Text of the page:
Although the 15th and 19th amendments granted Black men, and women, respectively, the right to vote, a century of Jim Crow laws following Reconstruction enabled the birth of intimidation, violence, literacy tests, poll taxes and grandfather clauses to strip them of that right. The passage of the landmark Voting Rights Act in 1965 removed those restrictions, in part by placing power in the federal government to outlaw states’ discriminatory voting practices, just as Reconstruction gave people who were previously enslaved more rights and freedoms.
But in 2013, the U.S. Supreme Court in Shelby County v. Holder declared Section four of the Voting Rights Act — the formula for determining which jurisdictions should be subjected to federal review for voting changes — unconstitutional, empowering states to further restrict voting practices.
Now, voting rights activists and many lawmakers share a common goal of getting voting rights legislation passed in Congress. The For the People Act would ensure all registered voters can vote by mail and in person for 15 days before Election Day, and ban restrictive voter ID laws and other barriers to voter registration. The John Lewis Voting Rights Act would reimplement the “preclearance” formula that was stripped away from Section four of the Voting Rights Act by requiring states and jurisdictions with a “proven history” of voting discrimination to undergo federal review of any election changes.
“These voter suppression bills were like the start of a schoolyard fight.”
Activists see the latest round of voting laws cutting across race, sex, gender, age and disability. According to a June report from Voting Rights Lab, voters with disabilities are typically the voters who need third-party assistance the most at the polls. A study from Rutgers University estimates there were 38.3 million such voters that took part in the November 2020 election.
For Sachin Pavithran, executive director of U.S. Access Board, a federal agency that promotes equality for people with disabilities, the laws are that much more detrimental to the disability community, whose biggest struggle when it comes to voting is transportation, or lack thereof.
“One worry I have, as a disabled person, is: what does it mean when you reduce opportunities to when you can vote?” he said. “If times are reduced, how do I even get to a polling place? Will we have to depend on someone else? On public transportation, which is limited?”
Georgia as a Battleground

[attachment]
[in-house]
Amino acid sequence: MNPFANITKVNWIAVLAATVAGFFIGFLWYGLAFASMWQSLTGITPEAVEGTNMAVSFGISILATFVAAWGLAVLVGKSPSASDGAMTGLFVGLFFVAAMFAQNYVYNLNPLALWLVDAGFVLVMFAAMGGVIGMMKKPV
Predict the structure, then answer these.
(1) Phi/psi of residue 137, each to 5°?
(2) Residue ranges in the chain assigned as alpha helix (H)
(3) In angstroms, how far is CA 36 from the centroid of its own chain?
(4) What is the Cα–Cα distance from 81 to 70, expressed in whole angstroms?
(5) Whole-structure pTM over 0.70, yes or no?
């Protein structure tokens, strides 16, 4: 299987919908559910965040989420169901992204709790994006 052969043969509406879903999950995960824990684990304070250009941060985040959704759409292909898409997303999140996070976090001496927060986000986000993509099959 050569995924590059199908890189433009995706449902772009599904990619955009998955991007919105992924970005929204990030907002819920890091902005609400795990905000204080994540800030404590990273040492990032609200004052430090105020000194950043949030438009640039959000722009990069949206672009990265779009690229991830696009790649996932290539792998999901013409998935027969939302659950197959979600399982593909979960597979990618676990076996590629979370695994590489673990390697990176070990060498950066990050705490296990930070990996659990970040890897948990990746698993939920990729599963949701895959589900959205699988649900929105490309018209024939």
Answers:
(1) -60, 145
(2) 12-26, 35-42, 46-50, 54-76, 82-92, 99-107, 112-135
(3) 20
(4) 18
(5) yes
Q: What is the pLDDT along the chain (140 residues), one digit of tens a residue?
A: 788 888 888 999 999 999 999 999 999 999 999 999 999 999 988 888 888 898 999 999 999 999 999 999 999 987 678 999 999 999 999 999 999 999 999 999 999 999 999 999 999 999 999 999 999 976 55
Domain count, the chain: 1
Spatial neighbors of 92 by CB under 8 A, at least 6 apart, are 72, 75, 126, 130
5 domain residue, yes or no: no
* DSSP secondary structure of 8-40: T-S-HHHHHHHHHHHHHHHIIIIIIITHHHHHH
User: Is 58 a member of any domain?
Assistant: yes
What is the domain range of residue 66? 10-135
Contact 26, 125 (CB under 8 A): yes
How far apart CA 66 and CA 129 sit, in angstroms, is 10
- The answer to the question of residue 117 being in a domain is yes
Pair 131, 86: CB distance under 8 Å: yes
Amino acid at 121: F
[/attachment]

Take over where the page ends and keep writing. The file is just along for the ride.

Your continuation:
“We were calling for corporate accountability for those corporations to make good on the promise that they made in the summer protest in 2020 to stand on the side of Black folks and for greater equity, and to use their influence to get an immediate repeal and to stop the passage of those bills from spreading,” said Fenika Miller, Georgia senior state coordinator for Black Votes Matter. “Our corporations cannot support people who stand in opposition to democracy.”
The coalition’s efforts eventually prompted the companies’ CEOs to publicly rebuke the law, and the U.S. Department of Justice filed its first major voting rights lawsuit since President Joe Biden took office on June 25, alleging the laws were enacted “with the purpose of denying or abridging the right of Black Georgians to vote on account of their race or color.”
“These voter suppression bills were like the start of a schoolyard fight, where folks would say ‘don’t cross my line,’ and they drew a line in the sand that we are prepared to step across,” Miller said. “We’ve never been afraid of playground bullies, and we just have to dig a little deeper, and strategize a little better.”
It’s this same reasoning that pushed Priorities USA, a liberal super PAC, to invest $20 million toward counteracting voting restrictions in late June and ramp up its media campaigns to further combat voter suppression by helping people understand how and where to vote.
“One of our post-mortem projects after 2020 revealed that for the first time in a very long time, the American people saw their vote as a means for impacting change in their communities on issues like social justice and health care and ending the pandemic,” said Aneesa McMillan, deputy executive director of Priorities USA. “They saw voting as a means of seeing change in their community. And so what we want to do is not only remind them of that and say ‘hey, this is a means for you to impact change in your communities, but also, here’s how the world around you is changing. Here’s how the voting laws and the things that are happening legislatively impact you and your vote.’”
New York City Expands Voting Rights to Noncitizens